The Problem With Old School Economics

Misbehaving“The core premise of economic theory is that people choose by optimizing. Of all the goods and services a family could buy, the family chooses the best one that it can afford. Furthermore, the beliefs upon which Econs make choices are assumed to be unbiased. That is, we choose on the basis of what economists call “rational expectations.””

Economist Richard Thaler endeavors to clear up this notion of rationality in his book Misbehaving: The Making of Behavioral Economics. Using examples and by asking probing questions Thaler helps to show us how many of our decisions are not rational or well-thought-out.

“Humans have limited time and brainpower. As a result, they use simple rules of thumb—heuristics—to help them make judgments.”

Taking shortcuts saves time and energy, but does lead to particular errors. Psychologist and fellow economist Daniel Kahneman helped popularize the notion of two systems interacting in the mind. System 1 accounted for intuition, it’s fast and efficient but, like Thaler points out, relies on heuristics. System 2 is effortful thought, what we think of as us, the thinking, rationalizing, decision-making self.

System 1 likes to run the show, and always has something to say. Don’t remember the drive home? You likely relied on System 1 to do all the driving. If I were to instruct you, “don’t think of a panda,” would you have succeeded? If not, thank your System 1 for being a little pushy.

One such bias System 1 entices us with is loss aversion. We are more afraid to lose than we are excited about a gain of an equivalent value. Consider a coin flip, heads you win $110, tails you lose $100, you in? Not many people say yes, despite the value being in your favor.

“The fact that a loss hurts more than an equivalent gain gives pleasure is called loss aversion. It has become the single most powerful tool in the behavioral economist’s arsenal.”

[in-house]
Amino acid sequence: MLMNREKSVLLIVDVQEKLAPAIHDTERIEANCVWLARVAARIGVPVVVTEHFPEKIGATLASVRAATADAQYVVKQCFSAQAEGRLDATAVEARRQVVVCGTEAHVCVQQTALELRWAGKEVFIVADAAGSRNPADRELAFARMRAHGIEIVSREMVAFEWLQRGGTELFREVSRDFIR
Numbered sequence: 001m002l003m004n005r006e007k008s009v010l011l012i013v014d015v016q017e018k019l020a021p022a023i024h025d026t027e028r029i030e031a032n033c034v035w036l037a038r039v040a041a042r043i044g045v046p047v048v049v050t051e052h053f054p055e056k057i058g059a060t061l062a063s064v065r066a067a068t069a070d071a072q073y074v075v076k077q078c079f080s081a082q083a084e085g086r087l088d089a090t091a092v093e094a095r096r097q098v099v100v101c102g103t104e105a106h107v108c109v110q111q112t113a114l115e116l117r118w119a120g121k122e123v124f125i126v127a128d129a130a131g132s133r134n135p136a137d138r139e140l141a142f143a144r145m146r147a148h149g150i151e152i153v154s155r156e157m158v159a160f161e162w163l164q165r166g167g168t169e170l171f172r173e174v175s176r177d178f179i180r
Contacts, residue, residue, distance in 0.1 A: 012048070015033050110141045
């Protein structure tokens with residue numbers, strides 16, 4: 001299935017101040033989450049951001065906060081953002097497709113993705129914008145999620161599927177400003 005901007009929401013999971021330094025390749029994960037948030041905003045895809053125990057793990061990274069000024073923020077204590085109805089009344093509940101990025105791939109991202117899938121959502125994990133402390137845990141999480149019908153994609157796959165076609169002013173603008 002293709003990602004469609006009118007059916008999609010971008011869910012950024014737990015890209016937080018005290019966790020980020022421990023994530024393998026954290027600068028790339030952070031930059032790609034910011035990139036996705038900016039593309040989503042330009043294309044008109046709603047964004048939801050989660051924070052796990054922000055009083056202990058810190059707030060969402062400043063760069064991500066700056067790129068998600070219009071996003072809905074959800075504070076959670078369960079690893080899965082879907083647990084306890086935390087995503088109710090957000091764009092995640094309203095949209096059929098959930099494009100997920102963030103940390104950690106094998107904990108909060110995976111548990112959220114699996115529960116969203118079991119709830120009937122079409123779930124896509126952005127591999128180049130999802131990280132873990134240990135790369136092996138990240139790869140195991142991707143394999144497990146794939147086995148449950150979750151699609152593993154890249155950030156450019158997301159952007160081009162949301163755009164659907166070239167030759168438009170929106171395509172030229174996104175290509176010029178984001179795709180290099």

The loss aversion discovery marked the beginning of a string of biases and heuristics being discovered and studied (another important one is the confirmation bias—“People have a natural tendency to search for confirming rather than disconfirming evidence.”). Economics failed to keep up with psychology, however, leading to a number of issues:

“This distinction between what we want and what we choose has no meaning in modern economics, in which preferences are literally defined by what we choose. Choices are said to “reveal preferences.””

Anyone who has smoked a cigarette when they’re trying to quit, ordered a pizza when they’re on a diet, or gotten on Facebook after too many drinks knows that not every action we make coincides with what we really want.

“[Kenneth] Arrow also noted an inconsistency inherent in the behavior of an economic theorist who toils for months to derive the optimal solution to some complex economic problem, and then blithely assumes that the agents in his model behave as if they are capable of solving the same problem.”

We are not all economists, and we do not have the same knowledge regarding appropriate economic behavior. We don’t often have the time to stand around doing economic equations in our mind, we need to go with the gut and hope we made the right decision. Sometimes we just give in knowing it’s the wrong decision. An economic model built on the idea that its agents are all rational decision-makers is not based on us.

For more, consider picking up Richard Thaler’s book on Amazon.